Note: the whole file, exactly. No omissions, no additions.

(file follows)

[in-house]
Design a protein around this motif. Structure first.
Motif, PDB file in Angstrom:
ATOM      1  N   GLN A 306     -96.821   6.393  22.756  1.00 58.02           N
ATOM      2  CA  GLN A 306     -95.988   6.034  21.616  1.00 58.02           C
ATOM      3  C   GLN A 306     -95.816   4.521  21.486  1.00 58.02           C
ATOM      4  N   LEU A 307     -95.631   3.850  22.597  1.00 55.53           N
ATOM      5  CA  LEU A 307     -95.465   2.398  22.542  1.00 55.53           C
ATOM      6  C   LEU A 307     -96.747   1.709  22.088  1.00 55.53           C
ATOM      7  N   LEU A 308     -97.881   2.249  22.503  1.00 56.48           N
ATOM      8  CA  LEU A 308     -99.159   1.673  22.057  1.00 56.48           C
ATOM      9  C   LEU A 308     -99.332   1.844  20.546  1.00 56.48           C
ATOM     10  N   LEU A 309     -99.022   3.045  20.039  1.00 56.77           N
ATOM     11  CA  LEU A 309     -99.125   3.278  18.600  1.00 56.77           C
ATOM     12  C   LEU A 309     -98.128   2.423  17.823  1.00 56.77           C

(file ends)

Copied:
[in-house]
Design a protein around this motif. Structure first.
Motif, PDB file in Angstrom:
ATOM      1  N   GLN A 306     -96.821   6.393  22.756  1.00 58.02           N
ATOM      2  CA  GLN A 306     -95.988   6.034  21.616  1.00 58.02           C
ATOM      3  C   GLN A 306     -95.816   4.521  21.486  1.00 58.02           C
ATOM      4  N   LEU A 307     -95.631   3.850  22.597  1.00 55.53           N
ATOM      5  CA  LEU A 307     -95.465   2.398  22.542  1.00 55.53           C
ATOM      6  C   LEU A 307     -96.747   1.709  22.088  1.00 55.53           C
ATOM      7  N   LEU A 308     -97.881   2.249  22.503  1.00 56.48           N
ATOM      8  CA  LEU A 308     -99.159   1.673  22.057  1.00 56.48           C
ATOM      9  C   LEU A 308     -99.332   1.844  20.546  1.00 56.48           C
ATOM     10  N   LEU A 309     -99.022   3.045  20.039  1.00 56.77           N
ATOM     11  CA  LEU A 309     -99.125   3.278  18.600  1.00 56.77           C
ATOM     12  C   LEU A 309     -98.128   2.423  17.823  1.00 56.77           C